Seven years after the publication of her international bestseller, The Elegance of the Hedgehog , Muriel Barbery returns with an inspiring novel about finding the divine in the domestic, about the quest for enchantment. With its cast of unforgettable characters, each fighting to preserve the idea of an enhanced life, The Life of Elves is a luminous novel about art, nature, dreams, the power of love, and how imagination can help us build a bridge to a better future.

A translation from the French of: La vie des elfes. Éditions Gallimard, 2015.

Maria lives in a remote village in Burgundy, where she learns that she has a gift for communicating with nature. Hundreds of miles away in Italy, Clara discovers that she possesses a stunning musical genius and is sent from the countryside to Rome to develop her preternatural abilities. If these two special girls can be united, their meeting may shape the course of history.

A moving and deeply felt homage to the power of nature and art by one of the world's most beloved authors. Maria lives in a remote village in Burgundy, where she learns that she has a gift for communicating with nature. Hundreds of miles away in Italy, Clara discovers that she possesses a stunning musical genius and is sent from the countryside to Rome to develop her preternatural abilities. Barbery's The Life of the Elves tells the story of two children whose extraordinary talents will bring them into contact with magical worlds and malevolent forces. If, against all odds, they can be brought together, their meeting may shape the course of history. Seven years after the publication of her international bestseller, The Elegance of the Hedgehog, Muriel Barbery returns with a lyrical novel about the quest for enchantment in a world that seems to have forgotten such a thing ever existed. With its cast of unforgettable characters, each fighting to preserve a sense of enchantment, The Life of the Elves is a poetic meditation on art, nature, dreams, and the role of the imagination.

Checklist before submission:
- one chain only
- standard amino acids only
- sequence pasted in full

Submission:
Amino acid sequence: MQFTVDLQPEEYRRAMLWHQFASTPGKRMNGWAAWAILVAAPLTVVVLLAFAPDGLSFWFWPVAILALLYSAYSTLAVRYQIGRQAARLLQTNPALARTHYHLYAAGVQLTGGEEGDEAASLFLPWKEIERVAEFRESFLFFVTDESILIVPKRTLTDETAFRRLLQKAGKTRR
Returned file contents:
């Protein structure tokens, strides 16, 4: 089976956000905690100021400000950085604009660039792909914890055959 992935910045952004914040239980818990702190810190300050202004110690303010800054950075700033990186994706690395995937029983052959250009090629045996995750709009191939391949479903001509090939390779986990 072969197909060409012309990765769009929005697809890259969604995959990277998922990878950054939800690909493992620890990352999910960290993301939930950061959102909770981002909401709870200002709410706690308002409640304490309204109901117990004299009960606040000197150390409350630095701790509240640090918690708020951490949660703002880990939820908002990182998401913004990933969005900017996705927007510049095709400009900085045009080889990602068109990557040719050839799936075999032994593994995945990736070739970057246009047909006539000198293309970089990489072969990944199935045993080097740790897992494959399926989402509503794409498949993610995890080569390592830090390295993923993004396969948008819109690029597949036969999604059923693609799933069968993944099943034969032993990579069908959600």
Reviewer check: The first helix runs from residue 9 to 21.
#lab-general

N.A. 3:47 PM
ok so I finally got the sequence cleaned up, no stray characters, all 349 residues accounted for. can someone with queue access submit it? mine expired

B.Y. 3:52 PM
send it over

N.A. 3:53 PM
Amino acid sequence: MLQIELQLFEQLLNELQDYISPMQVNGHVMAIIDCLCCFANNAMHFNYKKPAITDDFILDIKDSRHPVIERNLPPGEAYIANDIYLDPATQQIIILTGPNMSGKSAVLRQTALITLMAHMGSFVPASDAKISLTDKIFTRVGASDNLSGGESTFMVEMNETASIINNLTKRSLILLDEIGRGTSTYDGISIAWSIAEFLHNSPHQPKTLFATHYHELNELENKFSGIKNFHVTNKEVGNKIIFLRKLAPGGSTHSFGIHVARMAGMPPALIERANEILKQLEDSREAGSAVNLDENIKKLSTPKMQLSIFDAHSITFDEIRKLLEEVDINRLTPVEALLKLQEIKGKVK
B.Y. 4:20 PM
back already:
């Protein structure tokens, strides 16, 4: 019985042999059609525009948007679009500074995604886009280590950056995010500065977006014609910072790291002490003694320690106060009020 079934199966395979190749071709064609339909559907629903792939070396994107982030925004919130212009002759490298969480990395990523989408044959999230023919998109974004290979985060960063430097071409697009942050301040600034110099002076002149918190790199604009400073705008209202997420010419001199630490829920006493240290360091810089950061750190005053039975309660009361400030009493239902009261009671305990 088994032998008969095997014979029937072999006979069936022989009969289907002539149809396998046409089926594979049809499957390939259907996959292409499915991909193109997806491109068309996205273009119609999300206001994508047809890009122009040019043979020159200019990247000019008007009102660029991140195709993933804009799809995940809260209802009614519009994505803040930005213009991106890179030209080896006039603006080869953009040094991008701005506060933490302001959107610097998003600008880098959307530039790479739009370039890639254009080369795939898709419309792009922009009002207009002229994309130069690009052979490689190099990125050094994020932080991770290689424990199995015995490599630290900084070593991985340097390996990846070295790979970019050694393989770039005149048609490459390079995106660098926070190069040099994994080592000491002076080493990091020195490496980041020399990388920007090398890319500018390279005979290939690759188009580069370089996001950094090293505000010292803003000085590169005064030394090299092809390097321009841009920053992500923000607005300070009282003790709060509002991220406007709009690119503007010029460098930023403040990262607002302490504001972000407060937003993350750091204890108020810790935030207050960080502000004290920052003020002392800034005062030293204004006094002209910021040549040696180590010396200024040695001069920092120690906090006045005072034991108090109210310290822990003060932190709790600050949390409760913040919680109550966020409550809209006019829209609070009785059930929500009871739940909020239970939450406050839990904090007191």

Warmers2016

Kotui multi-version record.

2 5 9 11 13 18 20 27 28 30 32 33 34 37 49 60 64 68 74 76 79 80 83 89 93 94 96 97 98 103 104 109 119 120 122 130 132 134 135 138 141 144 149 151 161 164 165 175 177 189

wglead

WG-LEAD

Reviews provided by Syndetics

Library Journal Review

Barbery follows up The Elegance of the Hedgehog, an international phenomenon, with a gauzy, glimmering fantasy that has also drawn worldwide acclaim. Cutting across a meadow, a little girl named Maria senses a presence and, as snow begins falling, is led into the forest by a creature that blends attributes of horse, man, and wild boar and ends up with four old women in an isolated village in Burgundy. High in the mountains in Abruzzo, young Clara, who lives with a country priest and his illiterate housekeeper, demonstrates such a profound, almost mystical capacity for music that she is sent to Rome to study. In fact, these two gifted girls will soon be communing with a world beyond ours as they help fight a battle against the darkness. VERDICT The magical frame and lush loveliness of the writing might be oversweet for some readers, but many fans of both Barbery and fantasy from writers like Alice Hoffman and Sarah Addison Allen will be enchanted. © Copyright 2016. Library Journals LLC, a wholly owned subsidiary of Media Source, Inc. No redistribution permitted.

Publishers Weekly Review